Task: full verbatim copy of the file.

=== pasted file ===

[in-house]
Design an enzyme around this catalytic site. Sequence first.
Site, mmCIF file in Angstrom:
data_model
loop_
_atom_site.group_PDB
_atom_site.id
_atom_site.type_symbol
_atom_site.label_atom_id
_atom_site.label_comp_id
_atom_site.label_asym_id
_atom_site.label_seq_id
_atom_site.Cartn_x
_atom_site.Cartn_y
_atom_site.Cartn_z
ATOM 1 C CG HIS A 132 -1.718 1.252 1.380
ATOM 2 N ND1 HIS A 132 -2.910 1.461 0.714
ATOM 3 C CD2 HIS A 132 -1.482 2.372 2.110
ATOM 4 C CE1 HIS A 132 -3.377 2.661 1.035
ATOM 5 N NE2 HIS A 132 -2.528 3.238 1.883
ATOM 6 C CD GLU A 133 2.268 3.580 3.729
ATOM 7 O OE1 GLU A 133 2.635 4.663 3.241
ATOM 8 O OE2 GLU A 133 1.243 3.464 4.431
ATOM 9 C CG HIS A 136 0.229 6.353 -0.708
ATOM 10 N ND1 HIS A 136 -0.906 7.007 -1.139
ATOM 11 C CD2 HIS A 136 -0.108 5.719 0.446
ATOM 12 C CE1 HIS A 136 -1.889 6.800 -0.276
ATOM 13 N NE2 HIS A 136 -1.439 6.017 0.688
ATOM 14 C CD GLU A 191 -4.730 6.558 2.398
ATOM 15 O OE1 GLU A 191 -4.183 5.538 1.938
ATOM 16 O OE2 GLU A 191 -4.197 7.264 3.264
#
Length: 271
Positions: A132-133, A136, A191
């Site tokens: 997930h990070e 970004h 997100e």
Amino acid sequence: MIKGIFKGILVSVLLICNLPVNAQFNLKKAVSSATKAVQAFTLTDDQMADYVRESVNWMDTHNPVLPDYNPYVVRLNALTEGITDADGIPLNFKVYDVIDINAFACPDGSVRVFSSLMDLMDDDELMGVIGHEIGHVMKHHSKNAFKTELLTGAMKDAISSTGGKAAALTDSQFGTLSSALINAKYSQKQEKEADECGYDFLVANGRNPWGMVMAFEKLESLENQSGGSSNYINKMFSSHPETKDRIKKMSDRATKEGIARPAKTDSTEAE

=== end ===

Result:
[in-house]
Design an enzyme around this catalytic site. Sequence first.
Site, mmCIF file in Angstrom:
data_model
loop_
_atom_site.group_PDB
_atom_site.id
_atom_site.type_symbol
_atom_site.label_atom_id
_atom_site.label_comp_id
_atom_site.label_asym_id
_atom_site.label_seq_id
_atom_site.Cartn_x
_atom_site.Cartn_y
_atom_site.Cartn_z
ATOM 1 C CG HIS A 132 -1.718 1.252 1.380
ATOM 2 N ND1 HIS A 132 -2.910 1.461 0.714
ATOM 3 C CD2 HIS A 132 -1.482 2.372 2.110
ATOM 4 C CE1 HIS A 132 -3.377 2.661 1.035
ATOM 5 N NE2 HIS A 132 -2.528 3.238 1.883
ATOM 6 C CD GLU A 133 2.268 3.580 3.729
ATOM 7 O OE1 GLU A 133 2.635 4.663 3.241
ATOM 8 O OE2 GLU A 133 1.243 3.464 4.431
ATOM 9 C CG HIS A 136 0.229 6.353 -0.708
ATOM 10 N ND1 HIS A 136 -0.906 7.007 -1.139
ATOM 11 C CD2 HIS A 136 -0.108 5.719 0.446
ATOM 12 C CE1 HIS A 136 -1.889 6.800 -0.276
ATOM 13 N NE2 HIS A 136 -1.439 6.017 0.688
ATOM 14 C CD GLU A 191 -4.730 6.558 2.398
ATOM 15 O OE1 GLU A 191 -4.183 5.538 1.938
ATOM 16 O OE2 GLU A 191 -4.197 7.264 3.264
#
Length: 271
Positions: A132-133, A136, A191
């Site tokens: 997930h990070e 970004h 997100e």
Amino acid sequence: MIKGIFKGILVSVLLICNLPVNAQFNLKKAVSSATKAVQAFTLTDDQMADYVRESVNWMDTHNPVLPDYNPYVVRLNALTEGITDADGIPLNFKVYDVIDINAFACPDGSVRVFSSLMDLMDDDELMGVIGHEIGHVMKHHSKNAFKTELLTGAMKDAISSTGGKAAALTDSQFGTLSSALINAKYSQKQEKEADECGYDFLVANGRNPWGMVMAFEKLESLENQSGGSSNYINKMFSSHPETKDRIKKMSDRATKEGIARPAKTDSTEAE